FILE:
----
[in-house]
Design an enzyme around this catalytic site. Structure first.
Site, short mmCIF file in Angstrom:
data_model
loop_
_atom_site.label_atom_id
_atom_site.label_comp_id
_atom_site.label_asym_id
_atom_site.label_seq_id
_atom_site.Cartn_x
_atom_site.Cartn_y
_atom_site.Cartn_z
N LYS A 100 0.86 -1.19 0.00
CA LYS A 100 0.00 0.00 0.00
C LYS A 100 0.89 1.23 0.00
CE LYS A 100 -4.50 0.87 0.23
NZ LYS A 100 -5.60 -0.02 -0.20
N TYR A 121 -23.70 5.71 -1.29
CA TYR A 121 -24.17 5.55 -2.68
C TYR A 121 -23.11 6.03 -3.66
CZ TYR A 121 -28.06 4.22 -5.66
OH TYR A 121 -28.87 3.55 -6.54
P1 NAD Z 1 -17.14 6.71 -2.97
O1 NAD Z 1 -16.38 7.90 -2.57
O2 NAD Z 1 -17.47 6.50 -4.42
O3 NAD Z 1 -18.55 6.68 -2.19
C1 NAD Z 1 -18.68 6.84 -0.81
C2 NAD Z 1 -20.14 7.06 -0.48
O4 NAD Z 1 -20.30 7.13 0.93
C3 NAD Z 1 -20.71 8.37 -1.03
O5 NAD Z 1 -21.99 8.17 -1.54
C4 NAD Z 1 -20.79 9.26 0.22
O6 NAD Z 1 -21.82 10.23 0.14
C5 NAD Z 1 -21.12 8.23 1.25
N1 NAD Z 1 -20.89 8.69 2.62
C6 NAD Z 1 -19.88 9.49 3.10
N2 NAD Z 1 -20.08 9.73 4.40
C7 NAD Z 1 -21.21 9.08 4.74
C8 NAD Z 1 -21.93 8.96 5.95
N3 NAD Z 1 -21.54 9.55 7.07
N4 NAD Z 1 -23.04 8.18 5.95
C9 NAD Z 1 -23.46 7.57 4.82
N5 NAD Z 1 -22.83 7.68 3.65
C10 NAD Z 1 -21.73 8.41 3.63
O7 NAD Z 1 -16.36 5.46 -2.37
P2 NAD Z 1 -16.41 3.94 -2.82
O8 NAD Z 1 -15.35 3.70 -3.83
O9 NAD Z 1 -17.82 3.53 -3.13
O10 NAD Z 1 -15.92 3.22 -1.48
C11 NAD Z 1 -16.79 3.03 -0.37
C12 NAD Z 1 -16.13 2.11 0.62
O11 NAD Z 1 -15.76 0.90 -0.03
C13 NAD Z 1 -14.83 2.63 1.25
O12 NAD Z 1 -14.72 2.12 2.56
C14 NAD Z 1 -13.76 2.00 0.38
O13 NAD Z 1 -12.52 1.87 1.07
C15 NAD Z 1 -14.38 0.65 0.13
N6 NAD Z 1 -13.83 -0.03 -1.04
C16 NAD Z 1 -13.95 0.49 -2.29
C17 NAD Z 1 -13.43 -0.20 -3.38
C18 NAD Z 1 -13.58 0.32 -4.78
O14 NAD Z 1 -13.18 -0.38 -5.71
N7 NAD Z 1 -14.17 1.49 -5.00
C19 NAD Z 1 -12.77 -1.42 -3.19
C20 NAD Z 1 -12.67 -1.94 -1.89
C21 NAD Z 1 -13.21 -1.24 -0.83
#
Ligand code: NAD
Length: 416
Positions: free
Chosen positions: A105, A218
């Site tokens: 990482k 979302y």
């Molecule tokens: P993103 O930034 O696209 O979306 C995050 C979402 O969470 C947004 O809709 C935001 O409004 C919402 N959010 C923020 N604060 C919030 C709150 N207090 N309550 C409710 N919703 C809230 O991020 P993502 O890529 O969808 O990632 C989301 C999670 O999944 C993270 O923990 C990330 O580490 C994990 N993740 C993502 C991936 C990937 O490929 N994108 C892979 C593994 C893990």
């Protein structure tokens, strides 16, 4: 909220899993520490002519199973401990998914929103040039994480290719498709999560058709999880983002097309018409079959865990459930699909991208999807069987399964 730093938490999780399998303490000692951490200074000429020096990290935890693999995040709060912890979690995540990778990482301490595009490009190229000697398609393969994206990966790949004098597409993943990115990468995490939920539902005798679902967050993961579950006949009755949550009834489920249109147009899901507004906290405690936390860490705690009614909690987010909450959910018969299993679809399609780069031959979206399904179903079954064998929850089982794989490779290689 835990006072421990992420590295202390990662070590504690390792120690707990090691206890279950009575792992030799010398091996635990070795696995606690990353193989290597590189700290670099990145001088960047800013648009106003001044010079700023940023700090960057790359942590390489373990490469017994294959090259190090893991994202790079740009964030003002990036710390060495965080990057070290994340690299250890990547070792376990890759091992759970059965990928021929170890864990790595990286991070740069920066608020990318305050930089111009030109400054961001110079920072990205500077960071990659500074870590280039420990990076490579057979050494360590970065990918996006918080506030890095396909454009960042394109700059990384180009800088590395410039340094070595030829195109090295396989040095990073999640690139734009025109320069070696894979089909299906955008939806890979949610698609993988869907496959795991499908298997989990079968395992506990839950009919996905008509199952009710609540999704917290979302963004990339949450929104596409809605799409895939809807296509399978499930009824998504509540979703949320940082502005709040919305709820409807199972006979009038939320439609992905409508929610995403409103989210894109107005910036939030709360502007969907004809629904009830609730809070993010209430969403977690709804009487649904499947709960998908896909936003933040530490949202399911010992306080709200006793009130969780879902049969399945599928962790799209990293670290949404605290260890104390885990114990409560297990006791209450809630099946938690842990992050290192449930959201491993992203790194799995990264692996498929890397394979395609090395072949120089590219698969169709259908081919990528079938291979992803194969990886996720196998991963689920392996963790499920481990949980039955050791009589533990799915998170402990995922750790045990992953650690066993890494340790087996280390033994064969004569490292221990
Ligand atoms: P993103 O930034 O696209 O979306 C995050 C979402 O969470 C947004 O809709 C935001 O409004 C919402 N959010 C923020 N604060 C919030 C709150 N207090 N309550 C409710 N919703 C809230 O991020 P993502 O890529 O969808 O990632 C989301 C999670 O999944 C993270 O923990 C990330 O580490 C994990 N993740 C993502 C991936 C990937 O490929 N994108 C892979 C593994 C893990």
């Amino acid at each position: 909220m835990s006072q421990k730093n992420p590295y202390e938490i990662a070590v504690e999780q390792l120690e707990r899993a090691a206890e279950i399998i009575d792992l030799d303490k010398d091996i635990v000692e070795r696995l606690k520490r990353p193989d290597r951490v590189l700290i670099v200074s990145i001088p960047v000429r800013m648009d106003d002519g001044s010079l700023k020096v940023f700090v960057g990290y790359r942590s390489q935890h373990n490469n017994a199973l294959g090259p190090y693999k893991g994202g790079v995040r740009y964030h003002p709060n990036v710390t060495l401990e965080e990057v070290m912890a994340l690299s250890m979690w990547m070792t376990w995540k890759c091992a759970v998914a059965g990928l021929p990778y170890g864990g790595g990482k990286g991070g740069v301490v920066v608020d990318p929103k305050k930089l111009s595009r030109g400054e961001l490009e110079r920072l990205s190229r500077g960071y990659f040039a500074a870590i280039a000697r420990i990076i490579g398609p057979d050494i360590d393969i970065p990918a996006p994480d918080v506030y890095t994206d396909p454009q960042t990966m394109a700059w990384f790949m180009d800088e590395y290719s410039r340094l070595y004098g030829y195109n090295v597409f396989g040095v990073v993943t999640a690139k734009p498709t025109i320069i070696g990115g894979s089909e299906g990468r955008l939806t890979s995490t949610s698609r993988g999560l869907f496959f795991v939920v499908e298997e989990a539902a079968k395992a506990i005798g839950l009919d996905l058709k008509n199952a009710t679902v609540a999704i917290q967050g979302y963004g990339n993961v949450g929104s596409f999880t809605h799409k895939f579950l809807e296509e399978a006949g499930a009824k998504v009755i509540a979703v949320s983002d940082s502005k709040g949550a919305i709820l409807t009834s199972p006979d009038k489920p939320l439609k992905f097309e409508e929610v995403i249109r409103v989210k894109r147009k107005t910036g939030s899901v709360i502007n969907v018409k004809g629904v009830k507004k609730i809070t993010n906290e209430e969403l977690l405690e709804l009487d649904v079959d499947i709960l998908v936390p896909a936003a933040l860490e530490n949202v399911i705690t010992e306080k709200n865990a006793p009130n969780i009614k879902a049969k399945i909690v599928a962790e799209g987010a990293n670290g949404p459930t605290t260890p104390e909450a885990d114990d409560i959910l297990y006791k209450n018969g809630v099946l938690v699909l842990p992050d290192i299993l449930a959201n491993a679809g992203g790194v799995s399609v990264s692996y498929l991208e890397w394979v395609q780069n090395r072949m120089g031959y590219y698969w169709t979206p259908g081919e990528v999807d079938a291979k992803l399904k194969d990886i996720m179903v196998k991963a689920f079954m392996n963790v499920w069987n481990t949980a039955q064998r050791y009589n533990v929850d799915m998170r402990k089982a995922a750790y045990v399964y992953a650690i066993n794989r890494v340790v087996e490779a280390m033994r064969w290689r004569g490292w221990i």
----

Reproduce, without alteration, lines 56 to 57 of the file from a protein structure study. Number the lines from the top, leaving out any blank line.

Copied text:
O13 NAD Z 1 -12.52 1.87 1.07
C15 NAD Z 1 -14.38 0.65 0.13